LONDON (Reuters) - As Britain’s pound declines against the euro, talk has begun to circulate about the potential for parity.
Less noted, however, is the fact that the more the pound weakens and euro strengthens the more the eventual leaving bill Britain will pay the European Union may cost.
The bill in pounds, if it came today, would have risen nearly 17 percent since the vote to leave the EU in June 2016 — 1.4 percent since mid-August alone.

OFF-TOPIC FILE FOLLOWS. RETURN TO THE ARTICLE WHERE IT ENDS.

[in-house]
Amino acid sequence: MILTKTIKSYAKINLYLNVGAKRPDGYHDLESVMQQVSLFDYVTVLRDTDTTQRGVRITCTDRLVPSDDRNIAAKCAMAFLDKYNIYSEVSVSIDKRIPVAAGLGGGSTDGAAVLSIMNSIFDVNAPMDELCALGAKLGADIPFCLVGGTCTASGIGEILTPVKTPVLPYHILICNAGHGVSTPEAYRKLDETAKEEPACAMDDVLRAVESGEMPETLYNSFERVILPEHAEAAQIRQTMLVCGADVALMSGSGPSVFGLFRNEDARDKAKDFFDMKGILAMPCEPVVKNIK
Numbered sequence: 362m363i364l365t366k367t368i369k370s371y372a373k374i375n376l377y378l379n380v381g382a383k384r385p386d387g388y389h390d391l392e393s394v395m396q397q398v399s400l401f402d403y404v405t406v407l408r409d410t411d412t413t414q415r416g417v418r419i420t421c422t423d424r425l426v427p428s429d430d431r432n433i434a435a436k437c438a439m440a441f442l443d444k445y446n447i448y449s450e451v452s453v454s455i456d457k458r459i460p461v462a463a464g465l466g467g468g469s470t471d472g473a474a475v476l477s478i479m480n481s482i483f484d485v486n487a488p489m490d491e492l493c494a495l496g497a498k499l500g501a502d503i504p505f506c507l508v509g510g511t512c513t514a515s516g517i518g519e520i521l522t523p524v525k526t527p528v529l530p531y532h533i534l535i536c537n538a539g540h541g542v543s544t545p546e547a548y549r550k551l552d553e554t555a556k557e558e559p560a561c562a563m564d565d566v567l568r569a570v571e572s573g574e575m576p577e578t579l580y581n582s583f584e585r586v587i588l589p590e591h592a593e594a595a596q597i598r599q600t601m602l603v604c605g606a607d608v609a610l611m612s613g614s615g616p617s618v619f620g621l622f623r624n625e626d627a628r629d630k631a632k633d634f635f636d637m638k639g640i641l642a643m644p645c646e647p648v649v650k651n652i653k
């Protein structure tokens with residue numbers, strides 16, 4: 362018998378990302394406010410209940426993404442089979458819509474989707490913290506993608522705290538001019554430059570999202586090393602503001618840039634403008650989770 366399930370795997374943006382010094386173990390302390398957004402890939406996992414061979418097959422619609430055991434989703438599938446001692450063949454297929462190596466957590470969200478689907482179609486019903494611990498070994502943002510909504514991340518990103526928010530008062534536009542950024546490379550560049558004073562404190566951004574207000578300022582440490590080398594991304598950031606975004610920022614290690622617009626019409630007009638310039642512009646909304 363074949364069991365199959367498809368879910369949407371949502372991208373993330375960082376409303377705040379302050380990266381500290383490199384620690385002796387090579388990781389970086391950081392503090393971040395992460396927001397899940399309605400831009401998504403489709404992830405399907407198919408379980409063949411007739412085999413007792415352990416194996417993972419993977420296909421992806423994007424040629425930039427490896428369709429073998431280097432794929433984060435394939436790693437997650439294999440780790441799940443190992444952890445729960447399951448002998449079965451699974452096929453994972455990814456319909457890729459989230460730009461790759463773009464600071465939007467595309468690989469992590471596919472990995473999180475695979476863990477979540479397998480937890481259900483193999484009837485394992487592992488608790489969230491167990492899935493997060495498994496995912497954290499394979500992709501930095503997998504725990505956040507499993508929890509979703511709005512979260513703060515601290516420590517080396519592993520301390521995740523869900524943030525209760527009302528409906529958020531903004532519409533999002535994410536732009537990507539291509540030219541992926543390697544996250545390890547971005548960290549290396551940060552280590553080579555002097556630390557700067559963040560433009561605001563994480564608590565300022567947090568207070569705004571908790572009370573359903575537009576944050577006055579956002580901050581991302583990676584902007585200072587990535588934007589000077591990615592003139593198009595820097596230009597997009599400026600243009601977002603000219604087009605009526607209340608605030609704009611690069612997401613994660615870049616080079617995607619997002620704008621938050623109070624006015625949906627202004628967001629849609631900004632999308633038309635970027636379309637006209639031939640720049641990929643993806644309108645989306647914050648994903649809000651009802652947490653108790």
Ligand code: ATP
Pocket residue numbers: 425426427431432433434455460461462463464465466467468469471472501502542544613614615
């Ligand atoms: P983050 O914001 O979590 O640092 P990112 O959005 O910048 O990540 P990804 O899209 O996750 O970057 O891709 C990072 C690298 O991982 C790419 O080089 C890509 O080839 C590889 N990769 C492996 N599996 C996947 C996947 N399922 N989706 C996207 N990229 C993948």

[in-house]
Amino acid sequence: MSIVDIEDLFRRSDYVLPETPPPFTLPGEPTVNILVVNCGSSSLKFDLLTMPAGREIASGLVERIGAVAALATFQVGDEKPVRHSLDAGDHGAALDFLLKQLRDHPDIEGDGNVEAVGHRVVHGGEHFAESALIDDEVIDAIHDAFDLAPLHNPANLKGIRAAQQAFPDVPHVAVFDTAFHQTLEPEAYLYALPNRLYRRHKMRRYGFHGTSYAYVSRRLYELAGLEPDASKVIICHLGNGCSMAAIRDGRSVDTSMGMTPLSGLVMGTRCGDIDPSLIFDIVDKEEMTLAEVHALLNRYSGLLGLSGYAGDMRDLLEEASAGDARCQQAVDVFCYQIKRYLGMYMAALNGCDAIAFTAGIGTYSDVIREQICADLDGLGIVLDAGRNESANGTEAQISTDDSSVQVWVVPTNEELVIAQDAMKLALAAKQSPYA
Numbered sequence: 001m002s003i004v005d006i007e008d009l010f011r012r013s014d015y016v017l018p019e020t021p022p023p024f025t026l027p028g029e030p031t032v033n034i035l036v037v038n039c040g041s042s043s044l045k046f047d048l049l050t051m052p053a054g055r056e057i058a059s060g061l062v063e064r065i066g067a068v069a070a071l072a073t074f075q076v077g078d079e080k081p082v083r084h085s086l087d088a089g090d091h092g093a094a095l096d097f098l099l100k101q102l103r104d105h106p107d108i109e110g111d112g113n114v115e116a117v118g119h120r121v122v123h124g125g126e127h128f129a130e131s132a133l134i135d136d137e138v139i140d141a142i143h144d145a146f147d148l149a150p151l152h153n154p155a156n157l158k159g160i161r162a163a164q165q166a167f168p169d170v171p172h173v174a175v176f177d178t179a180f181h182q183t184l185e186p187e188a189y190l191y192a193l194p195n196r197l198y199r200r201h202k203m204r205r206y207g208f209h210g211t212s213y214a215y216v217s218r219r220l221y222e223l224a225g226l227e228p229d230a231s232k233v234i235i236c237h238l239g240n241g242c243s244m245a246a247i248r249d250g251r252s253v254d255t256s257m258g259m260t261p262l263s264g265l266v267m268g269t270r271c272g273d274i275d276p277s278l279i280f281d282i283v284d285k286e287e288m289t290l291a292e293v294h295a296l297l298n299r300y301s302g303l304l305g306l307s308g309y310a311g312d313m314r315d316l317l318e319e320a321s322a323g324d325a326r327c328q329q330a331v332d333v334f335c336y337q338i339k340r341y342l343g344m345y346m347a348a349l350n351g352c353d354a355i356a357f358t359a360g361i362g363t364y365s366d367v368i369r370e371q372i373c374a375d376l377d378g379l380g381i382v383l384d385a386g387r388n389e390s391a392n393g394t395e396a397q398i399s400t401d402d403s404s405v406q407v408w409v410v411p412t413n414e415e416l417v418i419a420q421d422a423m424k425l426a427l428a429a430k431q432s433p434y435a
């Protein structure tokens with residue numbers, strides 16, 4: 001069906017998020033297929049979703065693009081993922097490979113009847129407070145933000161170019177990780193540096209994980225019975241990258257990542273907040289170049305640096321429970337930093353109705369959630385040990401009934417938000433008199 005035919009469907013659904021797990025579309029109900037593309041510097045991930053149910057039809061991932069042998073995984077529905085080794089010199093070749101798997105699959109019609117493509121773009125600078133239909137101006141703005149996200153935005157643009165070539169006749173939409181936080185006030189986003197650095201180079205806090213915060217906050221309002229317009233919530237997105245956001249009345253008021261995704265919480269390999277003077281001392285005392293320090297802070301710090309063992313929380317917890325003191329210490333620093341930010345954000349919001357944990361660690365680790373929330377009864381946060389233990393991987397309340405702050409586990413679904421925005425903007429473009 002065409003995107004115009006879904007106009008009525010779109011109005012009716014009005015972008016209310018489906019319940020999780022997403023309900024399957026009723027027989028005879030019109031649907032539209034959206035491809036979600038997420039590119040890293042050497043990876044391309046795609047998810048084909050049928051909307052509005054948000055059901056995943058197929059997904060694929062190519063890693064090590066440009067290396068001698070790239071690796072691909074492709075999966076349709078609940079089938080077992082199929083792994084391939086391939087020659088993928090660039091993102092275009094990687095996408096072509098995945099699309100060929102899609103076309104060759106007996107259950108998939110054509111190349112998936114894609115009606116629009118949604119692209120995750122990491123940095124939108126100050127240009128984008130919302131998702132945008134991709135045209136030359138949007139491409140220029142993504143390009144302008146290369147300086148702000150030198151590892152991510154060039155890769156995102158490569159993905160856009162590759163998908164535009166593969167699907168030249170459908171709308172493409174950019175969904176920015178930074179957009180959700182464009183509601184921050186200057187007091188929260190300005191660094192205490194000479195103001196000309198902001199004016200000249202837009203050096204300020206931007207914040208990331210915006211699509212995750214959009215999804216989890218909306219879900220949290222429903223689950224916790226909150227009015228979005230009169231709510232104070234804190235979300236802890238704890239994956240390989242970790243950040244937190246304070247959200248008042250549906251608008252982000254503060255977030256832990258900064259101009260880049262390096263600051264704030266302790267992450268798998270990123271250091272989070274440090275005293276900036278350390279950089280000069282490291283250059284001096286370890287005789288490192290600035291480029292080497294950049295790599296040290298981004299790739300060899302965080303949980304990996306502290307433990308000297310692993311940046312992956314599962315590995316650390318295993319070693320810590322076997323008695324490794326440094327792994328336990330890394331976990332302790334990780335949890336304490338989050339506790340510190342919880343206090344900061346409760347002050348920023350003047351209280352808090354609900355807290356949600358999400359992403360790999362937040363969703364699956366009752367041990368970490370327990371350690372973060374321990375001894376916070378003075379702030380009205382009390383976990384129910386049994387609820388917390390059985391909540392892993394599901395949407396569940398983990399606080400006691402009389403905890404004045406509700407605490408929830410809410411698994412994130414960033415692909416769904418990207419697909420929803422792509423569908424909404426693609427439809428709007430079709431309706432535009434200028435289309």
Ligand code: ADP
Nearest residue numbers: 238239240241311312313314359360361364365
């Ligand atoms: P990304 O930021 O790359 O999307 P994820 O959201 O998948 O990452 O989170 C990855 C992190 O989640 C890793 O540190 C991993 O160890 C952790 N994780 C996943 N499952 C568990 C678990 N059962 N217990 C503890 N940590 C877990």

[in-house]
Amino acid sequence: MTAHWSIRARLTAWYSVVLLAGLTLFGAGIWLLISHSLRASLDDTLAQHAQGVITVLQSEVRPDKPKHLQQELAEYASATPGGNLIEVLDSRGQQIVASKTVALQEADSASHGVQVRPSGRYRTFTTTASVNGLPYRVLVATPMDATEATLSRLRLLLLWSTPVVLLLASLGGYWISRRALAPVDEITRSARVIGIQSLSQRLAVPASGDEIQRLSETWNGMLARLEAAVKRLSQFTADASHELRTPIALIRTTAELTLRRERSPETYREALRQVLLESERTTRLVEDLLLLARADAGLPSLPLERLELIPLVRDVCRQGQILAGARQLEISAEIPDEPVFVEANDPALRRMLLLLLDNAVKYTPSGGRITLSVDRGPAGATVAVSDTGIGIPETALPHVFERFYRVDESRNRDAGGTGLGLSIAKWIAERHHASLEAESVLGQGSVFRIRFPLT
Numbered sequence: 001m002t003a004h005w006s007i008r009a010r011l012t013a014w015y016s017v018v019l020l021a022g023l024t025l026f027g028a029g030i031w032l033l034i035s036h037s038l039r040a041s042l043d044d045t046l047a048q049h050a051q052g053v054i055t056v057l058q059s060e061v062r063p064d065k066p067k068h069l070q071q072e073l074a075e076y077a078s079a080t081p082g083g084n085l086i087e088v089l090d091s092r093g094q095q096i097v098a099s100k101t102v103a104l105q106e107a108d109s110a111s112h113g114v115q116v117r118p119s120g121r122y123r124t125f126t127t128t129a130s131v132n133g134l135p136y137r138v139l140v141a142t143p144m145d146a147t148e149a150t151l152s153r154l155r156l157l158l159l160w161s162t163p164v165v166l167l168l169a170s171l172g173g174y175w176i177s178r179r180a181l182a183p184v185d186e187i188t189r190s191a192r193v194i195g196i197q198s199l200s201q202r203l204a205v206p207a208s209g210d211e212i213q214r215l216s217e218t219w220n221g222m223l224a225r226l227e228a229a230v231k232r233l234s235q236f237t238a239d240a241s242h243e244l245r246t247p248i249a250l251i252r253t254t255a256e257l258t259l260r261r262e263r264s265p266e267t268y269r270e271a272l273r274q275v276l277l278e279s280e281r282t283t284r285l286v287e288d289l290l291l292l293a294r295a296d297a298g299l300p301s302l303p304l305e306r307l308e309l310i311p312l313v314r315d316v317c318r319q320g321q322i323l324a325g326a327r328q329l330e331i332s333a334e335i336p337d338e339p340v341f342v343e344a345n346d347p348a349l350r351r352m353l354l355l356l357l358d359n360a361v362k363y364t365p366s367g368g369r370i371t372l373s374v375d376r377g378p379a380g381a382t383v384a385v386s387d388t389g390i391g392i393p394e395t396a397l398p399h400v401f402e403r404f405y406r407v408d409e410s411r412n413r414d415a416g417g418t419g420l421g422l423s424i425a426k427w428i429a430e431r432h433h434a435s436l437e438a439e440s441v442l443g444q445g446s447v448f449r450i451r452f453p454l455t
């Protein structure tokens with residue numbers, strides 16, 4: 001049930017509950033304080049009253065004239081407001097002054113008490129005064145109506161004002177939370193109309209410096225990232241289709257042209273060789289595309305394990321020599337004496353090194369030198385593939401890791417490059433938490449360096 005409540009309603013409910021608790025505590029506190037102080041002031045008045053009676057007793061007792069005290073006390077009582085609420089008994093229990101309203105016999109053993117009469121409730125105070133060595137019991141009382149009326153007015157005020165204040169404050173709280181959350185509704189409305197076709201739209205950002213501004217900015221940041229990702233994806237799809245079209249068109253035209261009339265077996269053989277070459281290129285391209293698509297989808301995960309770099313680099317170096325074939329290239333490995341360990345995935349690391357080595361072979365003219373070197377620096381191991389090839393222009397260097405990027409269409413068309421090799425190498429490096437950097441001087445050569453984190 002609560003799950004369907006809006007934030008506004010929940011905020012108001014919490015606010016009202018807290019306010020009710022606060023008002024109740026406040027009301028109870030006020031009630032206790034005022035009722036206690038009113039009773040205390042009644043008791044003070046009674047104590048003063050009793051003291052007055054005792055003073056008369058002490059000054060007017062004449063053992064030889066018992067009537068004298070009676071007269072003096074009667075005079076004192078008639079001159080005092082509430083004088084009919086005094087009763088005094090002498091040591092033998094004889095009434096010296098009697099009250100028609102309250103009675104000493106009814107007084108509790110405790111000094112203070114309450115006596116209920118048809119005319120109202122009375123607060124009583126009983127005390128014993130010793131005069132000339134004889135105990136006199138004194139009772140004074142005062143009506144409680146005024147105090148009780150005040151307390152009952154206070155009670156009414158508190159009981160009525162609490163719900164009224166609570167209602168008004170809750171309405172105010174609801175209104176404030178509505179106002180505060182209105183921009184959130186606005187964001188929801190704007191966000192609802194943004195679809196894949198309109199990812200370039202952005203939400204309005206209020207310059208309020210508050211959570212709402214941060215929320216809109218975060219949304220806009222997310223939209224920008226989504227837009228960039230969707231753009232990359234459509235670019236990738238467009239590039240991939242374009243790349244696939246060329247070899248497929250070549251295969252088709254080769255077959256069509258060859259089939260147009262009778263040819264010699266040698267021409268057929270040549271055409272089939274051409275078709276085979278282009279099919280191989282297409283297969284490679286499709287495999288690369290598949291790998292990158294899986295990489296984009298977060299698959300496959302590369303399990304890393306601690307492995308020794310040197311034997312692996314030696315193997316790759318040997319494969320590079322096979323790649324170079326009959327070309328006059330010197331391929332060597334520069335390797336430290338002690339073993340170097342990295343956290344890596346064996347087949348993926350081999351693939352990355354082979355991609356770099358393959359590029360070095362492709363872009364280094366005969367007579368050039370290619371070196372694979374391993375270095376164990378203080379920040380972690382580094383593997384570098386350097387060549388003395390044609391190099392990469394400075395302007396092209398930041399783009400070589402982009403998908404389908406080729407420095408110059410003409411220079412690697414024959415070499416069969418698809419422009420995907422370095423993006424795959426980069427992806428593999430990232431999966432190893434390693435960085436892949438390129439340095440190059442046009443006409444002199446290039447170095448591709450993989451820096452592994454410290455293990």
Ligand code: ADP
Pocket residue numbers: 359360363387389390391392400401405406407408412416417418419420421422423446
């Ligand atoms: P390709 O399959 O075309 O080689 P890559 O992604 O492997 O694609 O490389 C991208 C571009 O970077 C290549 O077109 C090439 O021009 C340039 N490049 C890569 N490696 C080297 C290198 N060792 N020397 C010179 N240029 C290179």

Britain and the EU return to the negotiating table on Monday with the leaving bill high on the agenda.
A net 60 billion euros ($70.8 billion) has been floated in Brussels. It has been shot down by British officials.
Were it to be correct, however, Britain would now owe around 9.4 billion pounds ($12 billion) more than it would have at the time of the vote.
For a graphic on the Brexit bill, click: reut.rs/2iw4pNQ
Reporting by Jeremy Gaunt